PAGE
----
But I knew what she was going to say because the echo of my last OB/GYN’s voice was suddenly ringing in my ears: “You’re one of those women who, when she dilates, nothing can stop it. You’re one of those who could birth in a car on the way to the hospital, before anyone knows what happened … ”
“Yes. I’m sorry,” the nurse said to me. “I’m, I’m really sorry.” And then she was gone.
Meghan looked down at me. We were still holding hands. I looked back at her. And then I started to cry.
“Don’t,” she warned, looking about desperately. “Don’t cry. If you start crying, then I’ll start crying, and then … ”
And then we were both crying.
No time to lose
What happened next happened very quickly. Chris and my father drove back to us white-knuckled. Going against the high-risk OB/GYN’s prognosis, my doctor determined that my placenta had ruptured, which was causing massive internal bleeding and sudden onset labor. We had to act now to save me and my baby.
I was wheeled into the first available OR, which quickly filled with so many medical personal that all I saw was a sea of blue scrubs. Two OB/GYNs scrubbed in swiftly, with my doctor barking orders at everyone, when an anesthesiologist told me that he needed to put in a spinal. I bent over, hugged my knees and focused hard. I hardly felt the pain of the needle because I was so focused on my contractions and reining my fear. Chris and my father appeared, both grim above their surgical masks, and took stations on either side of my shoulders.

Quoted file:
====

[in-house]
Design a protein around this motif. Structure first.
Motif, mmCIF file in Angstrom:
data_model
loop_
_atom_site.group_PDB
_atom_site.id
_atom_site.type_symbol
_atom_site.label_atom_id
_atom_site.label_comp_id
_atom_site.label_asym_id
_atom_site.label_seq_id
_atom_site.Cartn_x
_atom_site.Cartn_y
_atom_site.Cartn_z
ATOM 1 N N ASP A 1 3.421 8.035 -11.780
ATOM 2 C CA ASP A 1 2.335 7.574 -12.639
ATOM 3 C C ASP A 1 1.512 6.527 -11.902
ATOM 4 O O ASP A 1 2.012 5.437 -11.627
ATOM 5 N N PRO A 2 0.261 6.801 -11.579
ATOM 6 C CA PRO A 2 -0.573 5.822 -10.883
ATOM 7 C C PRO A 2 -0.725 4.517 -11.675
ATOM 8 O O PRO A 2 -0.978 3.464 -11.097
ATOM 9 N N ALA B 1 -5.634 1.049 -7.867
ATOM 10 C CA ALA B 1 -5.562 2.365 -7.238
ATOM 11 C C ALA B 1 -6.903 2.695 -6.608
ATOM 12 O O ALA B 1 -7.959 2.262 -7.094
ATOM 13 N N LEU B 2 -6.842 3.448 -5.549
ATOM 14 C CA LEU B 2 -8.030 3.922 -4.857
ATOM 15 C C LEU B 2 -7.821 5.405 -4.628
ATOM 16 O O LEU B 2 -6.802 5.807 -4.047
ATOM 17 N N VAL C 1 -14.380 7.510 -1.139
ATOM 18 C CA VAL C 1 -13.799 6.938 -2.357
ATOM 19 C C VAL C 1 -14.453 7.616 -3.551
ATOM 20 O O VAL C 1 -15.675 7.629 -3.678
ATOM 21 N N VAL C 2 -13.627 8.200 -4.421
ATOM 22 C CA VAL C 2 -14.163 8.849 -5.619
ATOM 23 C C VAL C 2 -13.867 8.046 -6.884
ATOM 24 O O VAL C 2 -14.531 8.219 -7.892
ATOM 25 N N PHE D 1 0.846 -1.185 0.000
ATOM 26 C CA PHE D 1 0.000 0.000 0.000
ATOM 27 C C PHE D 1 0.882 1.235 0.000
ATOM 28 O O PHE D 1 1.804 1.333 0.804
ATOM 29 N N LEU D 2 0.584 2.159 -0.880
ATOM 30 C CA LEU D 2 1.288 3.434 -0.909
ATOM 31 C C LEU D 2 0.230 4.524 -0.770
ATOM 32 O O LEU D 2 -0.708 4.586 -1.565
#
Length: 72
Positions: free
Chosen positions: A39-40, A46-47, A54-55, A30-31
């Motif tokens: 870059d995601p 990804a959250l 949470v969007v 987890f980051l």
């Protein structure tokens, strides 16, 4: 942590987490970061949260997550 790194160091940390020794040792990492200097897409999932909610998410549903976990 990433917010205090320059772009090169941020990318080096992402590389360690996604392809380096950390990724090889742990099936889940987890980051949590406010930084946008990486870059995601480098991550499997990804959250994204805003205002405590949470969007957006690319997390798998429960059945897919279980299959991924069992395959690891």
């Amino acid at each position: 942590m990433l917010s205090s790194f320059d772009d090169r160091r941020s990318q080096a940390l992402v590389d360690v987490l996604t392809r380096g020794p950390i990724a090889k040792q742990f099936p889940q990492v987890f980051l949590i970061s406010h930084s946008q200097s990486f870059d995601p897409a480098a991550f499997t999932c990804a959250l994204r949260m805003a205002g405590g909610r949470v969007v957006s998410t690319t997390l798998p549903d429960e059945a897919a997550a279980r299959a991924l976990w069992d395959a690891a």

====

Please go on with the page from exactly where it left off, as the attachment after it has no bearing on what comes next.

But we didn’t have time for the medicine to take full effect. The contractions grew worse, now less than a minute apart, and my doctor said, “Hold onto something, Katherine. This is going to hurt.”
Just a glimpse
What came next was like a giant paper cut across my abdomen. I gripped Chris’ and my father’s hands, telling myself to breathe and be still because—dear God!—if I moved even a inch, they might accidentally kill my baby.
I remember getting sick twice, and then my doctor telling me that our baby was almost there. And then, in a flash, he held our son in the air for the briefest of moments. My heart caught in my throat, and I thought I was going to be sick again. Because what he held in his bloodied hands was a baby far too little to be born, a baby who wasn’t crying, who wasn’t even breathing. And I felt hot tears track down the sides of my face as my first glimpse of Aidan burned behind my eyelids, and they took him away to be intubated.